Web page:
What Can I Do in the Meantime?
I then thought about my progress reports due at NSF – without which any pending grant proposals wouldn’t be processed – and again, an automatic reply from two program officers there stated “Due to the lapse in government funding, National Science Foundation websites and business applications, including NSF.gov, FastLane, and Research.gov will be unavailable until further notice. We sincerely regret this inconvenience. Updates regarding government operating status and resumption of normal operations can be found at http://www.opm.gov. In cases of imminent threat to life or property, please call the Office of the Inspector General at 1-800-428-2189.” A news story that aired on National Public Radio put this statement in perspective. Scientists at the NSF’s Antarctic Science Program were facing the decision about whether to abandon their post or continue their research and risk being stranded without continued US support.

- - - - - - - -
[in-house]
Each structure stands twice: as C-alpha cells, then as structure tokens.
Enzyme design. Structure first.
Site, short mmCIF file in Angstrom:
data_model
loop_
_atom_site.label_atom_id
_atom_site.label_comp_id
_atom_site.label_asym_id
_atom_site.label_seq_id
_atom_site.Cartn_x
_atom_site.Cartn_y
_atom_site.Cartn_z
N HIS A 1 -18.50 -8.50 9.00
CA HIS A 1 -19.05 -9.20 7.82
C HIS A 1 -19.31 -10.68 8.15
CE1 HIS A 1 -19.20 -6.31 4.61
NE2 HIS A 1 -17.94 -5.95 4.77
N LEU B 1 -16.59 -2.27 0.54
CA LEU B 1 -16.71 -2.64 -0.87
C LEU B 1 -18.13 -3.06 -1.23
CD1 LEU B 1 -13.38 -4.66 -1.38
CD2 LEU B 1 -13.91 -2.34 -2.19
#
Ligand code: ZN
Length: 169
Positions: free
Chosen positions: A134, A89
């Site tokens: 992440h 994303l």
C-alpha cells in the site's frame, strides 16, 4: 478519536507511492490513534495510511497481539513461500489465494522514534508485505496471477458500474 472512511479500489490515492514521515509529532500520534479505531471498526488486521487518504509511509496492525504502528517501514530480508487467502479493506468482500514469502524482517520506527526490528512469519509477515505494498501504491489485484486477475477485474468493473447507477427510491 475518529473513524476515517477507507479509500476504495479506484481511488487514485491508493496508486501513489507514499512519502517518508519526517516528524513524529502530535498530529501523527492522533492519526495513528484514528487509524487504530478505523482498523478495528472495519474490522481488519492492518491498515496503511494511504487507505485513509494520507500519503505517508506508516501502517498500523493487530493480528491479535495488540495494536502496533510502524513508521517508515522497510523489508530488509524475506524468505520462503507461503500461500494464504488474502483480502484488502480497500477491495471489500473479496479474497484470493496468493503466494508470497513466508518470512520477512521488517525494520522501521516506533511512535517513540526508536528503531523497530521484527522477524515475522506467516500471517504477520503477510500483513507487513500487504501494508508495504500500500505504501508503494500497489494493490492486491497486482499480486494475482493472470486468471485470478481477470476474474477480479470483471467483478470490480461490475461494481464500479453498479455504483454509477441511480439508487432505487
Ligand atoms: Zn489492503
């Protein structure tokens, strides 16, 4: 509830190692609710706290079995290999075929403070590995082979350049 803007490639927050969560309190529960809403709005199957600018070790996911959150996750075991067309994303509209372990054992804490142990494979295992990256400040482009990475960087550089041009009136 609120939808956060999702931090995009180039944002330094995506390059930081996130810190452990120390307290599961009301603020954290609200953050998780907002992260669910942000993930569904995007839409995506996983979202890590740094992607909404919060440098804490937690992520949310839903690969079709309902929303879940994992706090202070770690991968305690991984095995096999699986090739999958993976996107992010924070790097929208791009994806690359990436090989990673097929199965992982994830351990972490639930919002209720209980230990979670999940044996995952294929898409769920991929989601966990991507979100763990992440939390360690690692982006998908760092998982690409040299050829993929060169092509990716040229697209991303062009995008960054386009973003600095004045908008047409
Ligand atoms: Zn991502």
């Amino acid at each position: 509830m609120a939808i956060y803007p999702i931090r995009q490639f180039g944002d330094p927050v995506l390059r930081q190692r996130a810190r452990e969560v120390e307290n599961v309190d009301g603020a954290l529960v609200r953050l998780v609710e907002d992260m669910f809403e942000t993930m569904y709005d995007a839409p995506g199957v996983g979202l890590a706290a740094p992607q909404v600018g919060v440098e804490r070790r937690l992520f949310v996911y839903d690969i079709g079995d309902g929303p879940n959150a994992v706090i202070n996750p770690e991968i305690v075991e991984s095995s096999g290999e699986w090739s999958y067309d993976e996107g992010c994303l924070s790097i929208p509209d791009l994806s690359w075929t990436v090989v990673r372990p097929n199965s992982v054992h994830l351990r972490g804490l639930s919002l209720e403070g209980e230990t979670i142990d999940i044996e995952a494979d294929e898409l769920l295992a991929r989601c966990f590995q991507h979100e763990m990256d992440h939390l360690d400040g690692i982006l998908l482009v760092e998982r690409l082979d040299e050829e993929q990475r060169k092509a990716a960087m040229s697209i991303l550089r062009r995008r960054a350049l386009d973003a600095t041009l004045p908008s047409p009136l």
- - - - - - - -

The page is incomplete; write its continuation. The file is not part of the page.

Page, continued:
Clearly, I was not going to be able to fill out the online forms for my grant reports, and send in my reviews of others’ grant proposals I had received earlier to review, not to mention submit new proposals. Moreover, as I prepared a new proposal for a later submission date, several important questions arose that I needed to run by program officers, but they were barred from answering my emails or returning my phone calls. Questions regarding supplemental funding for our PNNL user proposal, encouraged by the Department of Energy, went unanswered.